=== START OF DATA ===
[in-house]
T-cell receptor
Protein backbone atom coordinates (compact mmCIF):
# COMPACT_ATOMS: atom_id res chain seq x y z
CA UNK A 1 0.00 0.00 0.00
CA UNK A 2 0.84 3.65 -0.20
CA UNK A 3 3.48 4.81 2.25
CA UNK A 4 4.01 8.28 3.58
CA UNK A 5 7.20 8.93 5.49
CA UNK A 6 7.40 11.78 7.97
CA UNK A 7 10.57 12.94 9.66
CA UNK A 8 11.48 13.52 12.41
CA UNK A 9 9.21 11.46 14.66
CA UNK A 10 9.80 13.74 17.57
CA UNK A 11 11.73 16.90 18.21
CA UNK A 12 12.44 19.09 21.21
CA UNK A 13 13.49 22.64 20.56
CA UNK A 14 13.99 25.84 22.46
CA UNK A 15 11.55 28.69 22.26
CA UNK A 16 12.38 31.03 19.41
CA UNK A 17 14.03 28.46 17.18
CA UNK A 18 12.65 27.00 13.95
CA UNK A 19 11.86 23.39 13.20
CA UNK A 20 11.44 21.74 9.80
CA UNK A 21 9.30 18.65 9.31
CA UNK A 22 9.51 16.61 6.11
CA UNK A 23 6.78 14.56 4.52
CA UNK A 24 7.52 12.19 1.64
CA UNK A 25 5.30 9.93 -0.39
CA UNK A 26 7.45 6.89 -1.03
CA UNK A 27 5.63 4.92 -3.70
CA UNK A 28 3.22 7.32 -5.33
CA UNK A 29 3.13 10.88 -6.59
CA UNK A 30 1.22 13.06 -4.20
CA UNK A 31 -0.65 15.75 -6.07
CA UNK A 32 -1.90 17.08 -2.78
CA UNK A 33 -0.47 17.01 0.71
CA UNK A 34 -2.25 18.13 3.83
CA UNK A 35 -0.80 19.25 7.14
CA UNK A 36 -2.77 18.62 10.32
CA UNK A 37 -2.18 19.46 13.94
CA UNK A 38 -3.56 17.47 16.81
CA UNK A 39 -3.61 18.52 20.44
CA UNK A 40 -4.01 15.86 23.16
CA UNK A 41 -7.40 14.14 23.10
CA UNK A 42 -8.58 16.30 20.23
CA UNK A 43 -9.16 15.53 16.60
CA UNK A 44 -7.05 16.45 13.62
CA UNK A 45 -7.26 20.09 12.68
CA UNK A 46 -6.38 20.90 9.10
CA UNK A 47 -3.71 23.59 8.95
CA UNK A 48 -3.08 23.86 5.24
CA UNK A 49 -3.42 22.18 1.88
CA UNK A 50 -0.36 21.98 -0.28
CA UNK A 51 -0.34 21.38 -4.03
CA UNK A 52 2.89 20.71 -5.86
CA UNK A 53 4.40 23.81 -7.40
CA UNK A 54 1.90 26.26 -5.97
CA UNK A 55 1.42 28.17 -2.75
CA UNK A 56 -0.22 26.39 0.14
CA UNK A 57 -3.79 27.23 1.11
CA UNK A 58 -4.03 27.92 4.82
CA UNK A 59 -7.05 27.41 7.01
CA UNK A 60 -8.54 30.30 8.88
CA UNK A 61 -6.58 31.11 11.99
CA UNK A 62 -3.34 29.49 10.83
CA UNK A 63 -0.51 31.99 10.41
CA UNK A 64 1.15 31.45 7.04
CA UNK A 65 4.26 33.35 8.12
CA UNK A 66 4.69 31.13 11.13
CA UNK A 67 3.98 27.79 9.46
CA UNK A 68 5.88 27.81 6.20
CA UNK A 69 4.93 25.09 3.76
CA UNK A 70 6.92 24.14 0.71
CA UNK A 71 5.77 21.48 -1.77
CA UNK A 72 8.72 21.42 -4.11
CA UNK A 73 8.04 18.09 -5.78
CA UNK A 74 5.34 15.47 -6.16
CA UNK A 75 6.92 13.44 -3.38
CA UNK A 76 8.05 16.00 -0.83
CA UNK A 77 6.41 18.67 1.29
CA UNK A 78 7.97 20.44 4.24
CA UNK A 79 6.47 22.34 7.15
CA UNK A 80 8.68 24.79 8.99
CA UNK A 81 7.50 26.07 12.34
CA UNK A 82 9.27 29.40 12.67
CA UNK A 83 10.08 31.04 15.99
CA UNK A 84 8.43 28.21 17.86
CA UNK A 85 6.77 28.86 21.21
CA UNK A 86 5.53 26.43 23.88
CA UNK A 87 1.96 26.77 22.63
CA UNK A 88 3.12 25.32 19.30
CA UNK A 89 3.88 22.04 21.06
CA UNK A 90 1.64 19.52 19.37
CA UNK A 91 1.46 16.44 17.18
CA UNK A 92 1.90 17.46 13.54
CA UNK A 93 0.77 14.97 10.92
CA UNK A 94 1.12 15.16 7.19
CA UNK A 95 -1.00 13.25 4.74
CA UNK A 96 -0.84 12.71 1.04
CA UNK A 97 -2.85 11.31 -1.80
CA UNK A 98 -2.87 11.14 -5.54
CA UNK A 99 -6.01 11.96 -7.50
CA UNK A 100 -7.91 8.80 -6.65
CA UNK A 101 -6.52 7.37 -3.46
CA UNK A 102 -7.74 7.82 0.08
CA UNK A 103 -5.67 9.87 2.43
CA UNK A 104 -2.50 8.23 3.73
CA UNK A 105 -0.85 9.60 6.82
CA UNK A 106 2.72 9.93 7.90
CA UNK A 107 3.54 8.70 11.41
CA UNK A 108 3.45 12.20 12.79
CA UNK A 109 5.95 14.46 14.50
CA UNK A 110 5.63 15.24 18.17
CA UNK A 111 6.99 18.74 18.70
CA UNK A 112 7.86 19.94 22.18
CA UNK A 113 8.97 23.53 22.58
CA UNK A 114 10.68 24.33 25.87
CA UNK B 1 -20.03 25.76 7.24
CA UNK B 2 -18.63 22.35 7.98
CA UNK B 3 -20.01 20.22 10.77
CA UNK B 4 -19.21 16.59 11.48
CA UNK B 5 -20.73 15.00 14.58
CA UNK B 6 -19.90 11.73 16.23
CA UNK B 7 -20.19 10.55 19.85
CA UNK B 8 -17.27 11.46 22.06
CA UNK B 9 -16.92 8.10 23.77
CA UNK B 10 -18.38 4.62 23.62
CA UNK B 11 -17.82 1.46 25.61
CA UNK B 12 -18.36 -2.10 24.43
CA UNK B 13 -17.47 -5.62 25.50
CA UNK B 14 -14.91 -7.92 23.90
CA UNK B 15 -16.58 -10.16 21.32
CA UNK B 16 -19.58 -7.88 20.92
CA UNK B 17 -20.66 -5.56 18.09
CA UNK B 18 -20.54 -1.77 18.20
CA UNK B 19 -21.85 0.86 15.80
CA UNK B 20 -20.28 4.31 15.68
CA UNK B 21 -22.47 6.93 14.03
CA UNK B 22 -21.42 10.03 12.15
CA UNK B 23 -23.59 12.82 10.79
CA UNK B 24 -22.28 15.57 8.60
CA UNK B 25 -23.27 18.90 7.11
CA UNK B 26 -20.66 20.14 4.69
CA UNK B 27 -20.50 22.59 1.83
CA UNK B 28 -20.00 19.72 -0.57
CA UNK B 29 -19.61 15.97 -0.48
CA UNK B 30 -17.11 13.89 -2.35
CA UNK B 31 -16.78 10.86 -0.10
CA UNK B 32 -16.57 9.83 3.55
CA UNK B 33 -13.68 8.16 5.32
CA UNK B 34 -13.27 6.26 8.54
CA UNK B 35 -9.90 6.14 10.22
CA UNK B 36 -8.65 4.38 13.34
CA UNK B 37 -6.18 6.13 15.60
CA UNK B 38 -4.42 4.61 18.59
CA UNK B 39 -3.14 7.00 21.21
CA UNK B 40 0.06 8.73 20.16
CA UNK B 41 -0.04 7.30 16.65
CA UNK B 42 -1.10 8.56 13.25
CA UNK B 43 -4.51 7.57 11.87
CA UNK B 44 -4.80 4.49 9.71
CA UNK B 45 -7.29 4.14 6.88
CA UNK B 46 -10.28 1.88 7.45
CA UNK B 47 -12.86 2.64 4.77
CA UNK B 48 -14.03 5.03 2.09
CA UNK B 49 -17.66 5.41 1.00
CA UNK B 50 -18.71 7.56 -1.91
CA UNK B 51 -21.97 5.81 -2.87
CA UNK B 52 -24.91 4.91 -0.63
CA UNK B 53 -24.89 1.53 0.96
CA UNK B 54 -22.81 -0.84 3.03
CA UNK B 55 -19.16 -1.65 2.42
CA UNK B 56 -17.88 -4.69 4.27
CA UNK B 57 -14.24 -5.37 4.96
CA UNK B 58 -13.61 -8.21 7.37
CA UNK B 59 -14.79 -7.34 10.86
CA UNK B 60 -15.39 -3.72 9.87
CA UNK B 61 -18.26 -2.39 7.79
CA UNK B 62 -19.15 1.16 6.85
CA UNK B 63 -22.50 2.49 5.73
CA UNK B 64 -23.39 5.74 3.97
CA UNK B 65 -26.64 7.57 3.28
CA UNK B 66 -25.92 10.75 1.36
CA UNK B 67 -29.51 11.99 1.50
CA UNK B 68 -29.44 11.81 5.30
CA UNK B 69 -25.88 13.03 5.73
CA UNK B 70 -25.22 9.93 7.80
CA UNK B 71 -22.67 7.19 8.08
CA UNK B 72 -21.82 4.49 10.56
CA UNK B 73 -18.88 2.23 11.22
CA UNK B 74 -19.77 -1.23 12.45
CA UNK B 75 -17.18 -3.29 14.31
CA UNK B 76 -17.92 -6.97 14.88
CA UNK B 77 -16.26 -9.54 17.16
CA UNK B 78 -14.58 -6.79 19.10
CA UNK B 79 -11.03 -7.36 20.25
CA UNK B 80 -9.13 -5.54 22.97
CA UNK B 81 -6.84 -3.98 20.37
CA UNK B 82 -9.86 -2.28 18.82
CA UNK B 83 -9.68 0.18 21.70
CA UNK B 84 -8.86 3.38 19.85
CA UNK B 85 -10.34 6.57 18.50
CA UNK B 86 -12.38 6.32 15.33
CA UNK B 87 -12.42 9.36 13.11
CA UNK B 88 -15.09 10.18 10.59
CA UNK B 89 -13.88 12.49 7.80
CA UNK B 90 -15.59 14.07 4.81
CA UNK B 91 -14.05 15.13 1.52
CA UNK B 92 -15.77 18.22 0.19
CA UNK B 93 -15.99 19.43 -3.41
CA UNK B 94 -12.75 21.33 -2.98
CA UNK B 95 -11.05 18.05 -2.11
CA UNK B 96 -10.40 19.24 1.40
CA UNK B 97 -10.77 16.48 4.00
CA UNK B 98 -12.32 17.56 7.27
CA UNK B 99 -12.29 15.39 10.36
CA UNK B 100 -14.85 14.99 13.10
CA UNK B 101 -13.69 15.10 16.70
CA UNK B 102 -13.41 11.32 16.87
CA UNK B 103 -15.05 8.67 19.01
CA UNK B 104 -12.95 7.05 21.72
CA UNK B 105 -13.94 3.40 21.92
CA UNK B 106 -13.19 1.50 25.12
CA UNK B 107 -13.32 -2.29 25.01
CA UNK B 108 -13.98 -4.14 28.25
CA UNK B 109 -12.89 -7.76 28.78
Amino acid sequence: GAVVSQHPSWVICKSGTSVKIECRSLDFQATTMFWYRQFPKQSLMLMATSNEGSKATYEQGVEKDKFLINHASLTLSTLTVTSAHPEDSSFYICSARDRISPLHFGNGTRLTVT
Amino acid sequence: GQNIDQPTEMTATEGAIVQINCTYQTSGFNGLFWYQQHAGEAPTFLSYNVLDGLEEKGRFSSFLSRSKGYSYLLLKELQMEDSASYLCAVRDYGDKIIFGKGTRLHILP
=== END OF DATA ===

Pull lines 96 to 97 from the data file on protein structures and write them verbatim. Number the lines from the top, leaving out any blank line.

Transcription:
CA UNK A 92 1.90 17.46 13.54
CA UNK A 93 0.77 14.97 10.92